This Father’s Day, award-winning Seattle author David Laskin writes about his best memories of his brilliant can-do father, which have re-emerged to replace the haunting images of his dad’s illness and death.

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My dad never expected much on Father’s Day, and I was happy to oblige. A card, a phone call — most of it spent checking in with my mother before she handed the line to Dad — maybe a shirt or a new pair of pajamas and we’d call it good.

So on that first Father’s Day after his death, the stab of pain came as something of a shock when it hit me that I would never be celebrating this holiday with my dad again.

But then, I was shocked by how I felt about a lot of things after my dad died.

My father, Meyer Laskin, was the son of immigrants and a child of the Depression — circumstances he shared with a large cohort of the Greatest Generation. But Dad stood alone when it came to brainpower. First in his class, both at his large New York City public high school and then at Syracuse University’s College of Forestry — an odd choice for a poor Jewish kid from the Bronx — Dad was quick, sharp, logical, decisive, good looking, resourceful, optimistic, conscientious and superb with numbers.

In short, a born businessman — and he made the most of his innate talents over the course of a long career, first at a wholesale jewelry and watch business owned by my mother’s family, and later as CEO of a firm that imported licorice root for the manufacture of licorice extract.

Dad was never the most domineering or creative guy in the boardroom — but he was invariably the smartest and the best prepared.

And the most honest. Dad valued honesty above all traits, and it served him well, both in business and in family life. In Meyer Laskin’s book, if you had to win by cheating, lying or boasting, it wasn’t winning.

Dad loved his work, but he was most himself and most alive in the Adirondack Mountains of upstate New York that he fell in love with while in forestry school. I was 10 the first time we went backpacking.

I still remember watching in awe as my Bronx-born father dammed a trickling stream with stones to create a basin of clear drinking water. At dusk he silently summoned us to observe a deer step out of the woods to sip from his provisional pool.

My father never drank or smoked; he kept his weight down; he exercised frequently; he had long-lived parents. He should have lived forever. But inexplicably, he went into a decline in his early 80s.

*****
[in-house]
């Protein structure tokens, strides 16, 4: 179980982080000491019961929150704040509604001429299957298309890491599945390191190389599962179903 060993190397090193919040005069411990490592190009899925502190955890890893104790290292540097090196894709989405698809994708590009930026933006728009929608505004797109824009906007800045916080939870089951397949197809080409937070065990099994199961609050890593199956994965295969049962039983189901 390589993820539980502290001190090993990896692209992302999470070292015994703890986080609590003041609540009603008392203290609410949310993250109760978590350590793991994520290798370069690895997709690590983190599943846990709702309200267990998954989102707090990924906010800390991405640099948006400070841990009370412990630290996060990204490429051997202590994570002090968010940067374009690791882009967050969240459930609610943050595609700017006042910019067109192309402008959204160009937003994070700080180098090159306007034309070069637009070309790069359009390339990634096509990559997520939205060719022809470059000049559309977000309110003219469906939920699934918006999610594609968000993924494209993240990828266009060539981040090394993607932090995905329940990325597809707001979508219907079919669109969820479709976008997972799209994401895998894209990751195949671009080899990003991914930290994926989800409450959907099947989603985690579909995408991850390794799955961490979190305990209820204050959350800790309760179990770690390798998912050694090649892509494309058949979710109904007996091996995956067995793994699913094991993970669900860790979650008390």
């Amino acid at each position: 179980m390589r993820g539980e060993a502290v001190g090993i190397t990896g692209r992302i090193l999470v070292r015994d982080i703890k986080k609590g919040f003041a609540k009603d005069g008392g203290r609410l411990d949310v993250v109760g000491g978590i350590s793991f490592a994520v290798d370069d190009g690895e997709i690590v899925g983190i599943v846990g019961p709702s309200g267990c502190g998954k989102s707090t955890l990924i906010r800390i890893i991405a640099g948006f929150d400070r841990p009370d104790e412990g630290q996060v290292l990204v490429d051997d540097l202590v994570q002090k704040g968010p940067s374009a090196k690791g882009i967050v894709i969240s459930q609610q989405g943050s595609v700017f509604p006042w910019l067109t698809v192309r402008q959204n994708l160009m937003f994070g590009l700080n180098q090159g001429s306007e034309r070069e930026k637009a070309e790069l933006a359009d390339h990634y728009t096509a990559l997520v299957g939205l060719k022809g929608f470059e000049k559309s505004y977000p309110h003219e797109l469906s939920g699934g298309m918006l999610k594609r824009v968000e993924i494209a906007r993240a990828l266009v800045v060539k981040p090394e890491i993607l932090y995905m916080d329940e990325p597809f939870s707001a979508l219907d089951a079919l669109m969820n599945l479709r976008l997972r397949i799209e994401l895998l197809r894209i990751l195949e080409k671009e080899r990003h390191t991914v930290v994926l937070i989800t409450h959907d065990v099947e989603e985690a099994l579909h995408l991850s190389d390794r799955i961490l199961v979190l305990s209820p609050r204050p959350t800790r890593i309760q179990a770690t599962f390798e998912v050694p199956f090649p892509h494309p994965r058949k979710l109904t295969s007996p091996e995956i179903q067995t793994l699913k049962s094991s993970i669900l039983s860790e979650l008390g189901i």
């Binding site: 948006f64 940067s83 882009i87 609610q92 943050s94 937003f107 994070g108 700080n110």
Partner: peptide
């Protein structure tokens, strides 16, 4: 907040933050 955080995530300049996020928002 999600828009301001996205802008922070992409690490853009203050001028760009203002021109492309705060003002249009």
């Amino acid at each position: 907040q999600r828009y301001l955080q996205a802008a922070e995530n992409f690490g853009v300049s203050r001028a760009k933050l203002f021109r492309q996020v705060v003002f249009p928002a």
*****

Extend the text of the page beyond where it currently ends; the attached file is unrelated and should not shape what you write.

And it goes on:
There were the inevitable rounds of tests, but for months, the condition remained undiagnosed. Eventually it emerged that his glossopharyngeal nerve, which controls the ability to swallow efficiently, had been damaged as a result of radiation received to shrink a benign tumor. Rather than swallow his food, he was inhaling it into his lungs, which led to severe weight loss and repeated bouts of pneumonia.

The last years were a series of erasures — first the vitality, then the decisiveness, then the sharp memory, then the will to live. Shrunken and struggling for air, he died at the age of 84, in 2010, uncomplaining to the end.

For months after he passed, I was haunted by Dad’s end. But strangely, time has largely blotted out the confused, gasping bedridden patient and given me back my real father. The can-do outdoorsman who dammed that stream, the patient grandfather who constructed a clock of cardboard and wire to teach my oldest daughter how to tell time, the open-minded husband who unhesitatingly backed my mother’s decision to work full time as a physician when her peers were driving carpools and playing bridge, the naturalist who taught me to plant gardens and love trees: that is the father who lives in my memory. Time, which can cruelly obliterate memory, has been kind to me this time around.

By all rights, Dad should have moved to the Pacific Northwest — higher mountains, bigger trees, career opportunities in the timber business. I like to think I’ve transported some of his savvy and resourcefulness out to this mossy corner of the map. I know that the best of what I will pass down to my own kids comes from him.

The love of beauty was never Dad’s strong suit — modern art he dismissed as scribbles, and his idea of literature was The New York Times magazine — but he always savored the view from the top.

This Father’s Day, whether I’m scaling some peak or just out in the yard weeding the tomatoes, I know I’ll have my dad by my side. No halting phone call, no corny card or superfluous present — but Dad and I will be celebrating this day all the same.